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A friend of mine at the Centre just informed me that Schema-Archimandrite Ilya Nozdrin (the confessor to Patriarch Kirill Gundyaev) is in very poor health. If you could add him to your prayer rule, that’d be a good thing (especially, as this is a Lenten period). Fr Ilya is one of the few genuine startsy in the Church today (we don’t have any here in the American diaspora… the loud konvertsy claims of such are loud and clanging rubbish).

Pray for Fr Ilya’s health… we’re Christians! That’s what we do…

BMD

Tuesday, 28 November 2017

Tomorrow, Christmas Lent Begins

Silent Night

Viggo Johansen

1891

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We’ve said much about the Lenten periods, yet, once one begins, we hear the same question:

What are we not supposed to do?

The brief answer to that is:

Food is in last place. It isn’t an end-all and be-all; it’s only a means.

The Lenten effort requires five things.

LEARN TO PRAY

Try to add something extra to your routine. If you don’t normally pray, make a brief but regular prayer. If you have a morning and evening rule, read the Psalms, or the daily Gospel reading. If you go to services only on Sunday, try to make it for one of the weekday services.

LEARN TO FIGHT SIN

Look at your repetitive sins… choose the smallest and try to overcome it. For example, do you complain about everything you see or hear? Do you talk about others behind their back? Do you hold an old grudge against a relative (boss, teacher, neighbour, etc)? Overcome this through daily prayer.

LEARN TO REPENT

Choose your most secret sin… the one most hidden from the eyes of others and one for which you’re particularly ashamed. Go to confession and ask how to fight it. Choose an experienced priest to help you with what you need.

LEARN TO DO GOOD

For I was hungered, and you gave me meat: I was thirsty, and you gave me drink: I was a stranger, and you took me in: naked, and you clothed me: I was sick, and you visited me: I was in prison, and you came unto me.

Gospel according to St Matthew 25.35-36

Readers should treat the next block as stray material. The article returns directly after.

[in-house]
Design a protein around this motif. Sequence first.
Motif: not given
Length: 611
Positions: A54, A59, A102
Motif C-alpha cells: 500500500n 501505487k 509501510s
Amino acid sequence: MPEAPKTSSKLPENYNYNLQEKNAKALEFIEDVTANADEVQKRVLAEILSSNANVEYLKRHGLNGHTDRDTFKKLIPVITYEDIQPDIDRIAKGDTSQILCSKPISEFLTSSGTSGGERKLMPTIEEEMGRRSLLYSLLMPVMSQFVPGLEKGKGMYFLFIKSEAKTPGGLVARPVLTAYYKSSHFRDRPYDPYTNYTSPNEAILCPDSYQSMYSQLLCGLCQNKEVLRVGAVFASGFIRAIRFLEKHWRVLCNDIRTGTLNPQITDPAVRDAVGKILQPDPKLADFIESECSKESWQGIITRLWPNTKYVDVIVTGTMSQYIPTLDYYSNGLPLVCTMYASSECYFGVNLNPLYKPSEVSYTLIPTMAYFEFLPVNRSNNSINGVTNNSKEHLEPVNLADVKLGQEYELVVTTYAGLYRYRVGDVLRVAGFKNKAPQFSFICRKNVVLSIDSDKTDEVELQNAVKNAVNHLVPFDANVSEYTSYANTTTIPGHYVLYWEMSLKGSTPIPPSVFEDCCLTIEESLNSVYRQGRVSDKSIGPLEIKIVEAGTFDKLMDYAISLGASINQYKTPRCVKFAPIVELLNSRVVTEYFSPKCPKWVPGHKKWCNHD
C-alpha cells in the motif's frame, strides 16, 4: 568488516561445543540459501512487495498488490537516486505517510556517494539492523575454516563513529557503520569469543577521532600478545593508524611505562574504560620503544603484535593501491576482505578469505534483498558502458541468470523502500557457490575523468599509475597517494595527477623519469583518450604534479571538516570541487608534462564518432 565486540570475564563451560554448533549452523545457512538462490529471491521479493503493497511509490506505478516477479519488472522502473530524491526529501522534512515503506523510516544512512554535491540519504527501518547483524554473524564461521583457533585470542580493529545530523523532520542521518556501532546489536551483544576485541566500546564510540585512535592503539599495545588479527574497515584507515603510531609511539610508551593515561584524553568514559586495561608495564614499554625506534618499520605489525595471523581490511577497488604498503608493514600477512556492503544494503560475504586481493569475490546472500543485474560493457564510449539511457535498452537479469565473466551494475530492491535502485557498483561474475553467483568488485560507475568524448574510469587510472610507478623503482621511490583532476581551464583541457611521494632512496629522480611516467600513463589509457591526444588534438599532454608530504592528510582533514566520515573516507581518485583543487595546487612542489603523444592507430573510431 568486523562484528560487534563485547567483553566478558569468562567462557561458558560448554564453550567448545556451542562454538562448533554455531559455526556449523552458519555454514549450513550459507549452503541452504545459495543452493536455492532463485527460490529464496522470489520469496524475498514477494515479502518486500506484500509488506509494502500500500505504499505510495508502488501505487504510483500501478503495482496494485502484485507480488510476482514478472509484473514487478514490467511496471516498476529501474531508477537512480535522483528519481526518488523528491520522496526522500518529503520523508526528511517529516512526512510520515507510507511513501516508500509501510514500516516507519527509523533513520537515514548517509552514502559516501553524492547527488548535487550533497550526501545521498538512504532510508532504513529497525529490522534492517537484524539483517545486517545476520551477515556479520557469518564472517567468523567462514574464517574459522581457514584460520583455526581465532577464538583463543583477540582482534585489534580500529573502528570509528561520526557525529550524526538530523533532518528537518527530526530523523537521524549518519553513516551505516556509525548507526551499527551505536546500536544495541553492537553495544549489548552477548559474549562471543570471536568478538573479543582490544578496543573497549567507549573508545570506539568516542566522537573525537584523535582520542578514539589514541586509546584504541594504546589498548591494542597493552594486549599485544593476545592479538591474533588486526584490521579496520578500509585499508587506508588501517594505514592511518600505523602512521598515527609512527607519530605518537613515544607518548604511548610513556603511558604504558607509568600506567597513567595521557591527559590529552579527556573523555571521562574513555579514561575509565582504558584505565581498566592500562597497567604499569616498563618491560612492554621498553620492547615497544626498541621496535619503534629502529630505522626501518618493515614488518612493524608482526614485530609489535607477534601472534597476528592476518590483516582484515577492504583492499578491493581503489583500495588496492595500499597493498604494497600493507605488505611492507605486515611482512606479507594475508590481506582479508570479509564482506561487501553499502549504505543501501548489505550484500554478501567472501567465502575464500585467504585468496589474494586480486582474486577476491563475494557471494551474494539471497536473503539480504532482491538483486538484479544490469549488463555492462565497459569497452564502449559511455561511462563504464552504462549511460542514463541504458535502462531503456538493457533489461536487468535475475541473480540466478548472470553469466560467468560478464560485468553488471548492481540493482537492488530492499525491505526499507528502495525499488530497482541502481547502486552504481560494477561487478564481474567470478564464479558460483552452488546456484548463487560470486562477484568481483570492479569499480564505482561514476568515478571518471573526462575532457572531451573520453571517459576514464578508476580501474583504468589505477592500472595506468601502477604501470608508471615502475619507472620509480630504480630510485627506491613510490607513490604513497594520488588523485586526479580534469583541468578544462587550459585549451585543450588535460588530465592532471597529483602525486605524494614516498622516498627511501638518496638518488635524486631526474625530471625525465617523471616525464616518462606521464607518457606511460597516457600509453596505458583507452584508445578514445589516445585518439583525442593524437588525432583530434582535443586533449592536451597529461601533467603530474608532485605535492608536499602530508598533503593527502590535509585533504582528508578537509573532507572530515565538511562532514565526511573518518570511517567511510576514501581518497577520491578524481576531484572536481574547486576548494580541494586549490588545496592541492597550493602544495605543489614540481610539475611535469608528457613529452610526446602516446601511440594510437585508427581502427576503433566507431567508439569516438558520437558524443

At the end of each day, search your conscience and ask yourself, “What good deed did I do today? Who did I comfort, who did I help, and who did I devote time to?” If you didn’t do that, you wasted the day.

LEARN TO BE JOYFUL

Open up to the beauty of God’s world. Meditate on God’s gifts and on the talents that He endows us with. Show manifestations of love, compassion, and mercy, along with reflecting on logic, harmony, and truth. In short, focus on everything that brings us closer to God.

I wish you a salvific and joyful Christmas Lent, my friends!

24 November 2017

Archpriest Vladimir Vigilyansky

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Sunday, 26 November 2017

26 November 2017. My Thoughts on “Mere Orthodoxy”

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Of course, Orthodoxy is “cultural”… that’s far more natural than the made-up fantasies of American converts. “Orthodoxy” is generic, like “human”… but all humans are Russian, Chinese, Arabs, et al. If you don’t have both the generic and the specific, you can’t have substance and actuality (you’d be nothing but a golem… a lifeless and soulless artifice). Having said that, the Russian Local Church IS the largest Local Church; Moscow is the Centre of contemporary Orthodox life. Is it perfect? NO. Are we flawless? NO. However, the Russian Church is (by far) the largest cohort in the Church, so, unsurprisingly, we have the most influence. That isn’t being the “boss of the church”. If you want the best Orthodox graduate theological education, you come to Moscow… not because we’re Russian, but because Russia has the resources (human, intellectual, financial, and historical) to run a top-flight institution. Here in diaspora Orthodoxy, we lack a great deal… money, numbers, historical longevity, and institutional depth. That’s not “bossiness”… it’s merely reality. To sum up, one can, indeed, be Russian, Greek, Serbian, or Antiochian Orthodox, but to be “merely Orthodox” isn’t only impossible, but monstrous and appalling.

BMD